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Dunn introduces legislation to reduce impact fees on properties that support agriculture


Metropolitan King County
Council News

Dunn introduces legislation to reduce impact fees on properties that support agriculture


New classification for program


Metropolitan King County Councilmember Reagan Dunn has introduced legislation that aims at reducing the fees for business owners using their properties to support agricultural uses.

“Locally sourced food is something many residents of King County value very dearly,” said Dunn. “If the businesses these farms rely on for goods and services are forced out of the area because of high land costs and regulatory burdens, the viability of these farms is threatened.”

The proposed ordinance would amend King County Code to define a new “agriculture-supportive” property classification for Surface Water Management program fees.

King County’s Surface Water Management (SWM) program was established to address surface and storm water runoff problems. The program assesses fees to property owners based on their properties’ runoff impacts, typically determined by the size of the property and the percentage of the property that is covered in impervious surfaces. However, the program also identifies a number of mitigating factors that have been determined to reduce the impacts of runoff, and provides fee discounts for properties with these mitigating factors.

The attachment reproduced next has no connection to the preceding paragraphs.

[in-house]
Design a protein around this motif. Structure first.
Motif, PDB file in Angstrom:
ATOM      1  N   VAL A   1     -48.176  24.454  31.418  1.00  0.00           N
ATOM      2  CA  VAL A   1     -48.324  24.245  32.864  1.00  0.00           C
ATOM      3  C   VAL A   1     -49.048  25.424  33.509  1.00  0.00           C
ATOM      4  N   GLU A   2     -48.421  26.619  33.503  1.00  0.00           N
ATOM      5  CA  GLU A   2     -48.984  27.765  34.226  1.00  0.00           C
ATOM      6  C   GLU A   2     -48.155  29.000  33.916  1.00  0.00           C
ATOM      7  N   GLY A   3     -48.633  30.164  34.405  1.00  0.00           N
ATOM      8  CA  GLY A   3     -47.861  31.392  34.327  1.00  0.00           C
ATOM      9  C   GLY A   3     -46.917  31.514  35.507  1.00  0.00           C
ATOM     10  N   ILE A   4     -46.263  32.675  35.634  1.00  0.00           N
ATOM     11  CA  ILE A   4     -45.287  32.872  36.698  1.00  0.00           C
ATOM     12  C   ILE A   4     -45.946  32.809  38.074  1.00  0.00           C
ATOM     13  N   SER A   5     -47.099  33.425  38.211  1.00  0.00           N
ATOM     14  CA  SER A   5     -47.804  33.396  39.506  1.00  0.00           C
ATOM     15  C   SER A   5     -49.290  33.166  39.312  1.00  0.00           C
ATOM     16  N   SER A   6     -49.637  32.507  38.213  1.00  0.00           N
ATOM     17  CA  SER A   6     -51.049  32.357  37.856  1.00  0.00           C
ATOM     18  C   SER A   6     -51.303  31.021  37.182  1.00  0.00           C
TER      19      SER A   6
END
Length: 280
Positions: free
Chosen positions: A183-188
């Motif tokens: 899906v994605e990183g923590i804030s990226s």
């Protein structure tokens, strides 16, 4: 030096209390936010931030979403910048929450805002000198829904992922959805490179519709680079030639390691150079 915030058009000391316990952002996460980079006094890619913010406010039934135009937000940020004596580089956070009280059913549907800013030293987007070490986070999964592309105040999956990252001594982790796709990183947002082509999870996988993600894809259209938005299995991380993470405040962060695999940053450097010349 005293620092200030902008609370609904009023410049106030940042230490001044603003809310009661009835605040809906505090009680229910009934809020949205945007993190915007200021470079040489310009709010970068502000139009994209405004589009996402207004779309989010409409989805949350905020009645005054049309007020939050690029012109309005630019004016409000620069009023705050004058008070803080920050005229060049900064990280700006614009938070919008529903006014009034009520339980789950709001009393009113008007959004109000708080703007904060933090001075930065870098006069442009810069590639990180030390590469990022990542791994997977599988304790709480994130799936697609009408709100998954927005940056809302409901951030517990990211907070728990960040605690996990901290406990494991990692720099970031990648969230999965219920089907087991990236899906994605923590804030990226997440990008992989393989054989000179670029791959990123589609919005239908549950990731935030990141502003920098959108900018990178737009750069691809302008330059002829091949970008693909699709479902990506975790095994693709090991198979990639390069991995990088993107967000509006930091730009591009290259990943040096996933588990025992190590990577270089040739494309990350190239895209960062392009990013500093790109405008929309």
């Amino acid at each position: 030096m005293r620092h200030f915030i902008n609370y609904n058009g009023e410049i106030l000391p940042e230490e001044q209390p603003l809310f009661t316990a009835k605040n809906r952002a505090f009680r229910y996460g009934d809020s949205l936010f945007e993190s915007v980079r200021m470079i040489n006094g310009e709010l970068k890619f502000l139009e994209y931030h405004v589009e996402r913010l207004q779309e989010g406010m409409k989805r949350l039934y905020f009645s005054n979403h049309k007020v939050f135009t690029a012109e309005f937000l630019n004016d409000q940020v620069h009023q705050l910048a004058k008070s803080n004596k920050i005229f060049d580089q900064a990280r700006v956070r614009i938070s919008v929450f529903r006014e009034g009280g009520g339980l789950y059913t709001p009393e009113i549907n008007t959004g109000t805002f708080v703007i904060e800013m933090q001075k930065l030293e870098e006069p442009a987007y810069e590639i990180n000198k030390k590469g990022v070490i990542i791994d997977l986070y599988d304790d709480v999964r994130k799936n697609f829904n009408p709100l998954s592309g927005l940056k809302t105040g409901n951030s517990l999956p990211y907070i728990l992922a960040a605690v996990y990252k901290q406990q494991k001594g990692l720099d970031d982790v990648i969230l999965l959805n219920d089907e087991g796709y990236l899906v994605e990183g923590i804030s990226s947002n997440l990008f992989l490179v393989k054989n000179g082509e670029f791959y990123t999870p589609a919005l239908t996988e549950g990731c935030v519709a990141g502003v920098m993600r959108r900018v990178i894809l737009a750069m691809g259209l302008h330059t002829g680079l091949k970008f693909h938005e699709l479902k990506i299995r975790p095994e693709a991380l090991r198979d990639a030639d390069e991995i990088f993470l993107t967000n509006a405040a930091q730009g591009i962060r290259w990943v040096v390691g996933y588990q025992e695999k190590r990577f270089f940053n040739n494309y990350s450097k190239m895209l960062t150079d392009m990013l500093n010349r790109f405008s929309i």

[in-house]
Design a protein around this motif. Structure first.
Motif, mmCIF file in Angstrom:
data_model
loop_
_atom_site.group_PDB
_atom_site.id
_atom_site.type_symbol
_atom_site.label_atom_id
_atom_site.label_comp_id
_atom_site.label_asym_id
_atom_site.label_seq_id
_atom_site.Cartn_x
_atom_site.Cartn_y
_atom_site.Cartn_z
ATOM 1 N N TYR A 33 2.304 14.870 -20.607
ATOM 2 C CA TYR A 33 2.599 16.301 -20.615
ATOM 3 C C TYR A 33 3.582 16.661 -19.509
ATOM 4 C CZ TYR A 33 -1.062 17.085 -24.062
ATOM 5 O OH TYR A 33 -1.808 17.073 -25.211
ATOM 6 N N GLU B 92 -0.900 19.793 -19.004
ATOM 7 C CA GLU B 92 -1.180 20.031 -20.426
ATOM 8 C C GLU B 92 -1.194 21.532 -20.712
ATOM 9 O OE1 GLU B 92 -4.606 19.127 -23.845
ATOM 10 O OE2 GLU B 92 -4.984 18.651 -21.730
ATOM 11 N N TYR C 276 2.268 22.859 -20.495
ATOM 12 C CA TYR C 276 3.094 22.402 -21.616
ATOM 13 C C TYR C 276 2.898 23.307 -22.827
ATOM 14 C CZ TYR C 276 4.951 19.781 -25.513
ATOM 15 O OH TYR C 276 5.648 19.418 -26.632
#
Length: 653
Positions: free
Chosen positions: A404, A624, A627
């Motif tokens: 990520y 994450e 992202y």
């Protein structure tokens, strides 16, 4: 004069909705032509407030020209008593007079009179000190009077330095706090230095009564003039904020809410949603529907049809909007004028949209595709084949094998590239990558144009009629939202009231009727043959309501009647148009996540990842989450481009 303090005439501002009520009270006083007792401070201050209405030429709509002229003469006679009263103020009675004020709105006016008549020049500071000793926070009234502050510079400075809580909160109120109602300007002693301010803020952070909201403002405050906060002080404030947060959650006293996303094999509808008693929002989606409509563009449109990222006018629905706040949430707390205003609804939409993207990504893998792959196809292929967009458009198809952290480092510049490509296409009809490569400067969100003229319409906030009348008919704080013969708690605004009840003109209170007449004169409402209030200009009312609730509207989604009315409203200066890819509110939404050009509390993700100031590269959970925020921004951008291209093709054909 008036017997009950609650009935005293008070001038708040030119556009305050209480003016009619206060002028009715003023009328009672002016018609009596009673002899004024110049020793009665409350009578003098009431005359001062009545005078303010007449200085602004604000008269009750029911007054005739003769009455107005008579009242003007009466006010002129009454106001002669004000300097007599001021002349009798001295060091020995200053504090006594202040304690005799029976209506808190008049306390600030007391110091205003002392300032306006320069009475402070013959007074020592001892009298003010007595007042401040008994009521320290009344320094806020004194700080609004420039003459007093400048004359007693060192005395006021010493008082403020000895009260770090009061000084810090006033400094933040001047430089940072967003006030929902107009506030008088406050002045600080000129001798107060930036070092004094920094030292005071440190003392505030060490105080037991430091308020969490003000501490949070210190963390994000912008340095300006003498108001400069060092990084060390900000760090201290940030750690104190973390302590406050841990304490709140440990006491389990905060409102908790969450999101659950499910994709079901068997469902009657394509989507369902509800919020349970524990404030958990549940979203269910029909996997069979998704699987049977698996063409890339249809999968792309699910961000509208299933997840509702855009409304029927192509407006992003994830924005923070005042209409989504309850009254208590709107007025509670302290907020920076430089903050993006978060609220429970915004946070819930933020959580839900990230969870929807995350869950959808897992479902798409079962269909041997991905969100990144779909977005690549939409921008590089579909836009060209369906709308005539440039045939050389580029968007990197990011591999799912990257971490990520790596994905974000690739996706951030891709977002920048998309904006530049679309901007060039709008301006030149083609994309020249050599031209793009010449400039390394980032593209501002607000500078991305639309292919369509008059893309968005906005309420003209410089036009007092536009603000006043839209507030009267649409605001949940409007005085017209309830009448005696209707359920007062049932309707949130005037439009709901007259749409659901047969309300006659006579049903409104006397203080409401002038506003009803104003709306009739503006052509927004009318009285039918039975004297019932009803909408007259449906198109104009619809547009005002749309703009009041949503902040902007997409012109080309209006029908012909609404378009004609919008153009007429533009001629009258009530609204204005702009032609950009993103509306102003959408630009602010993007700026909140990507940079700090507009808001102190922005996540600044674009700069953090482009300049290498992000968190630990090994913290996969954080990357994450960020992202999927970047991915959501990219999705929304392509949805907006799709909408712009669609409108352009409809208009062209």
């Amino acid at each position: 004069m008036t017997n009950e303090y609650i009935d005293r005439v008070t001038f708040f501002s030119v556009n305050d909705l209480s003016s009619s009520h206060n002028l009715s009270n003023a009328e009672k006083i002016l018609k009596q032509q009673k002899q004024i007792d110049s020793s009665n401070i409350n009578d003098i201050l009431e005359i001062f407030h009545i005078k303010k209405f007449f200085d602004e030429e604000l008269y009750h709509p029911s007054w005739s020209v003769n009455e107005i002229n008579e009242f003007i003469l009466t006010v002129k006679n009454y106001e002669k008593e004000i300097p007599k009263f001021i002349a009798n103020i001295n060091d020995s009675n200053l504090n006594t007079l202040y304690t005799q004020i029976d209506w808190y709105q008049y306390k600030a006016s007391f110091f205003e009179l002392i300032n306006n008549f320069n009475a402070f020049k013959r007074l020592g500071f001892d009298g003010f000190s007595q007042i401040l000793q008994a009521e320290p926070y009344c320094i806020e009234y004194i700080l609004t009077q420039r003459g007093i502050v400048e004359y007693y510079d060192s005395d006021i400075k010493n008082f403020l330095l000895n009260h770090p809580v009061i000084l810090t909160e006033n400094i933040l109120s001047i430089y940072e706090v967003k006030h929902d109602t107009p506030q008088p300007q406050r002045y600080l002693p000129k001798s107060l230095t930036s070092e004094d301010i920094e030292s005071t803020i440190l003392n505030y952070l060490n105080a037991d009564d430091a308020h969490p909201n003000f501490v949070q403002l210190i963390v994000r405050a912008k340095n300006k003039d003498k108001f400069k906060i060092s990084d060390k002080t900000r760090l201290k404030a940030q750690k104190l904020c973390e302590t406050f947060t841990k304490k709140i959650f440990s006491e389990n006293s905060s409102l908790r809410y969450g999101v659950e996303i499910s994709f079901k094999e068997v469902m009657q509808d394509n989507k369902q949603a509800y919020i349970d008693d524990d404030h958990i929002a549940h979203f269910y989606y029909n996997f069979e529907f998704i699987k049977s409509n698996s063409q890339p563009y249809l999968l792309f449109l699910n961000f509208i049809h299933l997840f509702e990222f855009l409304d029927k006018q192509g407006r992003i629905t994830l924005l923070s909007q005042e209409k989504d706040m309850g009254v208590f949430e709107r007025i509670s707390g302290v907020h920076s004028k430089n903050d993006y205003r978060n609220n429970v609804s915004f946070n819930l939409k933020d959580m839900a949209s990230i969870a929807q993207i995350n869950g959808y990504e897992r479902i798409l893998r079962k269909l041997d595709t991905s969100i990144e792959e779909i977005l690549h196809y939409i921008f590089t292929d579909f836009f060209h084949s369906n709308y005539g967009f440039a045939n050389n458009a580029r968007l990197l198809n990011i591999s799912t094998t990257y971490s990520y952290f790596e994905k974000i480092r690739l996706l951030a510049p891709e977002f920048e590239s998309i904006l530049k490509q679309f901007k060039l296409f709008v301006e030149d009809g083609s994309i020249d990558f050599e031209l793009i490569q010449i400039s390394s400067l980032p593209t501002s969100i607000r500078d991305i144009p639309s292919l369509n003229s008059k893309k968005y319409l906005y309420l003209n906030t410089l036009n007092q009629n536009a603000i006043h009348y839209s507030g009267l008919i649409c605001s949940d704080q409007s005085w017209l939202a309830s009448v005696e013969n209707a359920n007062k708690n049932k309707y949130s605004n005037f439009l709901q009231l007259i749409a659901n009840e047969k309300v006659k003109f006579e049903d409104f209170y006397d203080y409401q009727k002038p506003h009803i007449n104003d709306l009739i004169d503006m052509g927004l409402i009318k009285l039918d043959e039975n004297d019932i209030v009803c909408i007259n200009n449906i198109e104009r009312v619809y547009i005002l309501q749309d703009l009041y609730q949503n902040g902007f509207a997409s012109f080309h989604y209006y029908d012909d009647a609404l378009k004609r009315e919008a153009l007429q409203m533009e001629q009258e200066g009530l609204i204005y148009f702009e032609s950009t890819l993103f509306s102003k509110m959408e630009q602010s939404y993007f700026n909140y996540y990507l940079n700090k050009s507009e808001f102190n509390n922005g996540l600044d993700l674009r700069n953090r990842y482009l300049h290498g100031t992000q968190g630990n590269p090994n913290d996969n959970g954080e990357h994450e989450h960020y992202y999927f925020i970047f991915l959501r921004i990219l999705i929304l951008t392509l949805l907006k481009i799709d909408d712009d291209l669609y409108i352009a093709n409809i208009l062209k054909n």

“This legislation makes much needed changes to SWM fees,” said Ron Mariotti, owner of the Enumclaw Sales Pavilion. “As a small businessman in agriculture, it has been difficult at best to work within the current SWM fee structure and I appreciate the work Councilmember Reagan Dunn has done to make the fee structure fairer for Agricultural businesses in King County.”

The proposed ordinance would define a new mitigating factor, that of the “agriculture-supportive” property. An agriculture-supportive property would be defined as a property within the Agricultural Production District that provides direct services to surrounding agricultural uses and thereby allows agricultural properties to remain in active agricultural use and retain a high proportion of acres in pervious surfaces.

As a result of this mitigating factor, properties defined as agriculture-supportive would be charged the flat rate SWM fee for very lightly developed land (defined as properties with ten percent or less impervious surfaces) rather than a SWM fee calculated based on their actual percentage of impervious surface.

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